Sunderland Royal Hospital and its accident and emergency (A&E) Department have been praised by an American doctor after she witnessed the service firsthand.
Dr Jennifer Gunter took her cousin Helen, who lives in the UK, to the city’s hospital after she twisted her ankle walking on cobblestones in high heels.
Four hours after treatment, Dr Gunter complimented the hospital on its “great, well-managed and efficient care.”
Dr Gunter said: “I was really impressed. They triaged her immediately [and] sent her to an injury clinic – which is a great use of resources. Everybody was so nice and very good.”
However, the doctor did talk about some of the “minor” challenges.
“The hospital is under a little bit of construction so it was a bit of a challenge to get from the parking area to the emergency department, especially considering [my cousin] couldn’t walk, but that happens,” she said.
The doctor from California on her blog, added: “We had to go down hallway after hallway with Hogwarts’ worthy twists and turns.
“I managed to find a wheelchair, a unwieldy apparatus that only works in reverse. I was mystified by them. I’ve never seen those before.
“But those are minor things that’s not really anything to do with getting the care or getting well.”
She compared the experience of visiting an A&E department here with an American emergency room (ER).
“[My cousin] didn’t have to produce an insurance card or worry about a co-payment. She didn’t have to have any concern except getting better,” Dr Gunter said.
“To receive this care all my cousin had to do was provide her name and birth date,” she added, on her blog.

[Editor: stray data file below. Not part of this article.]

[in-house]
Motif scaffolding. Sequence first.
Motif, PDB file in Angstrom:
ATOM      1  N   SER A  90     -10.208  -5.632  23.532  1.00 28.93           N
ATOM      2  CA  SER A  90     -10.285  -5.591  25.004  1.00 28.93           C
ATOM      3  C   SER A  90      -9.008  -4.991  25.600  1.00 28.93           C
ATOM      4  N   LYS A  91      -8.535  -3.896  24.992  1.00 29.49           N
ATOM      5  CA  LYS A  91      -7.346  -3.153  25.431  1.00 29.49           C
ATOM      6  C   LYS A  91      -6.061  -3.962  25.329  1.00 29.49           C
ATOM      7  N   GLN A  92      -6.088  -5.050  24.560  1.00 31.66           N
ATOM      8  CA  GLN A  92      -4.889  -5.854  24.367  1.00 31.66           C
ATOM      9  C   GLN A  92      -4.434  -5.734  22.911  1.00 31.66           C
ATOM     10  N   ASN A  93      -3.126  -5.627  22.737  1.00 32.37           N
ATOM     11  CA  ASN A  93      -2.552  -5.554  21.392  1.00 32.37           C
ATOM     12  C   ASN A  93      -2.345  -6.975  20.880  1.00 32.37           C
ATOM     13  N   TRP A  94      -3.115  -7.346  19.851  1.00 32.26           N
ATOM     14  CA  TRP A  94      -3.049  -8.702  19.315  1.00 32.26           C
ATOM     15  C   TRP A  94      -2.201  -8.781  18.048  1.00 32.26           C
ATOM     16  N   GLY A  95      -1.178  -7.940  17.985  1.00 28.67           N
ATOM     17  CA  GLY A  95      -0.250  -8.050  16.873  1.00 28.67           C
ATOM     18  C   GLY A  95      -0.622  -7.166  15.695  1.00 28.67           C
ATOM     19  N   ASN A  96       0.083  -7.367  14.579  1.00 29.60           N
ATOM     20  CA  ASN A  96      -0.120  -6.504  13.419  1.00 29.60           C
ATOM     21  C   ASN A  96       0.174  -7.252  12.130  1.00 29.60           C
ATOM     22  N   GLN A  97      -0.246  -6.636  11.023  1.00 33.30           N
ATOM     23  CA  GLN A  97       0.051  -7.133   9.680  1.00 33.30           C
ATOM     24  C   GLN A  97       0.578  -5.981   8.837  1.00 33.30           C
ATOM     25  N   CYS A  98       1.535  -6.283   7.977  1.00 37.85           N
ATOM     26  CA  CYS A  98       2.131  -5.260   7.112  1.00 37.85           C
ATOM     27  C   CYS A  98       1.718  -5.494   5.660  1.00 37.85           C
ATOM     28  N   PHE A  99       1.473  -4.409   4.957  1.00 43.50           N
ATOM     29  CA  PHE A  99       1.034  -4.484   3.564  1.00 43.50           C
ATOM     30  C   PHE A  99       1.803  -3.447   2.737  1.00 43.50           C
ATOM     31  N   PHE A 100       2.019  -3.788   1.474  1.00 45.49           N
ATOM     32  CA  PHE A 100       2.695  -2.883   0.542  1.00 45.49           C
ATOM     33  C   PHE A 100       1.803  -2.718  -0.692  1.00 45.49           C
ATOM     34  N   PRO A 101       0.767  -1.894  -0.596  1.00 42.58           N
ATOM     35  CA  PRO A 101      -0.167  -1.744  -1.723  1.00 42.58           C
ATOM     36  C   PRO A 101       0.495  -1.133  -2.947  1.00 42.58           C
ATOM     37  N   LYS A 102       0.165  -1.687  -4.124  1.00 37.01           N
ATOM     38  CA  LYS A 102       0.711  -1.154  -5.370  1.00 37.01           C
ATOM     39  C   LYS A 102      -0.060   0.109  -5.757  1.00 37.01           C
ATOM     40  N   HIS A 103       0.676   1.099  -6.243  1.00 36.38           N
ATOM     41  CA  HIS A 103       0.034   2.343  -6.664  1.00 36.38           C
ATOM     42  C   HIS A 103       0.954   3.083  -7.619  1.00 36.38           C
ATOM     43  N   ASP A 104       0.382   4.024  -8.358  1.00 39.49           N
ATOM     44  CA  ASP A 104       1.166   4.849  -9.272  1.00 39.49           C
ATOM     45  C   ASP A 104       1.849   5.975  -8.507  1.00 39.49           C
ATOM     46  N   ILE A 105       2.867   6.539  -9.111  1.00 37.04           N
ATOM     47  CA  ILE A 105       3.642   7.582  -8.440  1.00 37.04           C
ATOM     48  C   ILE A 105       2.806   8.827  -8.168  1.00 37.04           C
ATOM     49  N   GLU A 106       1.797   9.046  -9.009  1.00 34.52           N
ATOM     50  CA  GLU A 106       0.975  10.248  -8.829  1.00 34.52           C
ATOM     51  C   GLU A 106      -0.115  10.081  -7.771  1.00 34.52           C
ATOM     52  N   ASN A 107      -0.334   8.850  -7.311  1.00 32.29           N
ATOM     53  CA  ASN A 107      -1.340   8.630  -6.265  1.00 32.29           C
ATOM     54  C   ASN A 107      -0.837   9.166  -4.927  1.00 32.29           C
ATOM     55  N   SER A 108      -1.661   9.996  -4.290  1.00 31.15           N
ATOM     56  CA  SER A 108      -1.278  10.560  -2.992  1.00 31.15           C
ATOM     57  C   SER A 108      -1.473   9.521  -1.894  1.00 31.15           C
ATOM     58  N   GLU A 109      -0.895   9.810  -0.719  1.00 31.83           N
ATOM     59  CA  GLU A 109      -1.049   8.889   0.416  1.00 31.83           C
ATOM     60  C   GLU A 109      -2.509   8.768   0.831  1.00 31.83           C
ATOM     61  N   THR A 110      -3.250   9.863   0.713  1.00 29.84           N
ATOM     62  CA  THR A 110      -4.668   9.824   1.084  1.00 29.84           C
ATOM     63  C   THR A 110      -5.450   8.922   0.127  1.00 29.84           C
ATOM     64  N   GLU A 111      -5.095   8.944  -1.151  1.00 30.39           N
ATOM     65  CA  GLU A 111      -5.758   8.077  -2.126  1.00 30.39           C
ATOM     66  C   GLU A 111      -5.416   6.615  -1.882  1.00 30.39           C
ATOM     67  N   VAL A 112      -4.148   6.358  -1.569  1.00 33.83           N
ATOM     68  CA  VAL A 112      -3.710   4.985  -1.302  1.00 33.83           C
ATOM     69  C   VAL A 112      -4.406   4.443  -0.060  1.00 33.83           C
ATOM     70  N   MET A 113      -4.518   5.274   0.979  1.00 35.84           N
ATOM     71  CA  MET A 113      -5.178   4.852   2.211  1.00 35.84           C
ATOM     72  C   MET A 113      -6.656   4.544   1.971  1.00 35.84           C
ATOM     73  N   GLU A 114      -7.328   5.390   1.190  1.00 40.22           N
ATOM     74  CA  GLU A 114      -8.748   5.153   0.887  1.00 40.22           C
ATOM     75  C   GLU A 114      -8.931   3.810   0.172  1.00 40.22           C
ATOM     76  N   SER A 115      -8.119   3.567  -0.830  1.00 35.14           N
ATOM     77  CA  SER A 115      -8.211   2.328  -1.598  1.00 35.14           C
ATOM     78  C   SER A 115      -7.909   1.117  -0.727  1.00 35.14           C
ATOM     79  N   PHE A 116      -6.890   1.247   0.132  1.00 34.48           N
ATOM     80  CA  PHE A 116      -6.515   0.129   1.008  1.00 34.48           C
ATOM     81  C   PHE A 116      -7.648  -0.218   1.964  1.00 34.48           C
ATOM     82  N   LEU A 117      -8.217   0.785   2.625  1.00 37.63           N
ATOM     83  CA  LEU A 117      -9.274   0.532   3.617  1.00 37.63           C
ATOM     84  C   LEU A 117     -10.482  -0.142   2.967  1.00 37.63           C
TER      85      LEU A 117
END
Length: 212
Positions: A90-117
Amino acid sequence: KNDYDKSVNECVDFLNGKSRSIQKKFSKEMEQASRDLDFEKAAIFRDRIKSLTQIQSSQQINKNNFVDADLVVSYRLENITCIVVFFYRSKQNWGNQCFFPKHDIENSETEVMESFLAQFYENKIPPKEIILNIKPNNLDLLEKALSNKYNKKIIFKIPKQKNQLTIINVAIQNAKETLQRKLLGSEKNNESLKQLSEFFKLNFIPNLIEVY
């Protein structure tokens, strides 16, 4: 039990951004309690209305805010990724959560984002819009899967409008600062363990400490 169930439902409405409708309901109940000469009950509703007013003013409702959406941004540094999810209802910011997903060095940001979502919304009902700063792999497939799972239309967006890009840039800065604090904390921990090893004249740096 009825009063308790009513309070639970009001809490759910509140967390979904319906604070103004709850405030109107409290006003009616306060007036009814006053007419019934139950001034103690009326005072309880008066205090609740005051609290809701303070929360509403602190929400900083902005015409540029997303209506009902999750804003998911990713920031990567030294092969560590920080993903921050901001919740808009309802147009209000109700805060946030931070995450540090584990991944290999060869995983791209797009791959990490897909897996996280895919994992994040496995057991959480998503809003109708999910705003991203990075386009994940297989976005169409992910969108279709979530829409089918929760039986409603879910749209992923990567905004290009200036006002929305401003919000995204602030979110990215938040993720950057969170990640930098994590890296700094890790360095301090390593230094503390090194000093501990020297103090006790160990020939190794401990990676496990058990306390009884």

As well as this, the doctor has addressed British citizens, the British Government and privatisation amid her praise for the hospital in Sunderland.
Dr Gunter, who has family in the North East, said: “Attempts to privatise it [the NHS] would probably be concerning.
“I mean if you look at the statistics comparing a lot of first-world countries, Britain gets the best value for their dollar with the NHS.
“Instead of thinking about how to parse it out and privatise it, the Government should be thinking about ways to help it work better.
“I think it has really good bones and they should be working on making what they have better rather than trying to change the structure of it.
In her blog the medic added: “Dear UK, the NHS is awesome.
“Try to treat it a little better. Maybe teach kids in school how to use the health care system (hey, why not NHS ed alongside drivers ed or sex ed?).
“Have safe sex. Stop smoking. Try to lose weight if you need to. Wear lower heels for dancing.
“The next time anyone mentions privatisation or user fees tell them in America there are people trying to save enough money for the co-payment for the CT scan that will tell them if their cancer has returned or not.”
Dr Gunter had a similar experience in 2014 when taking her then 11-year-old son Victor to St Thomas’ A&E department in London when he had “something in his eye.”
The obstetrician said: “We had similarly excellent care from excellent people.”
Writing on her blog two years ago, Dr Gunter said: “Take away the accents and I could easily have been listening to a group of Americans discussing their care.
“With one exception, no one in the UK is left wondering what the price will be.
Dr Gunter added: “Thank you NHS for taking fantastic care of my cousin, of my son two years ago, and of everyone else.
“To the British Government, stop trying to mess it up.”
Sunderland Royal Hospital have been contacted for comment while Dr Gunter’s cousin Helen did not wish to comment.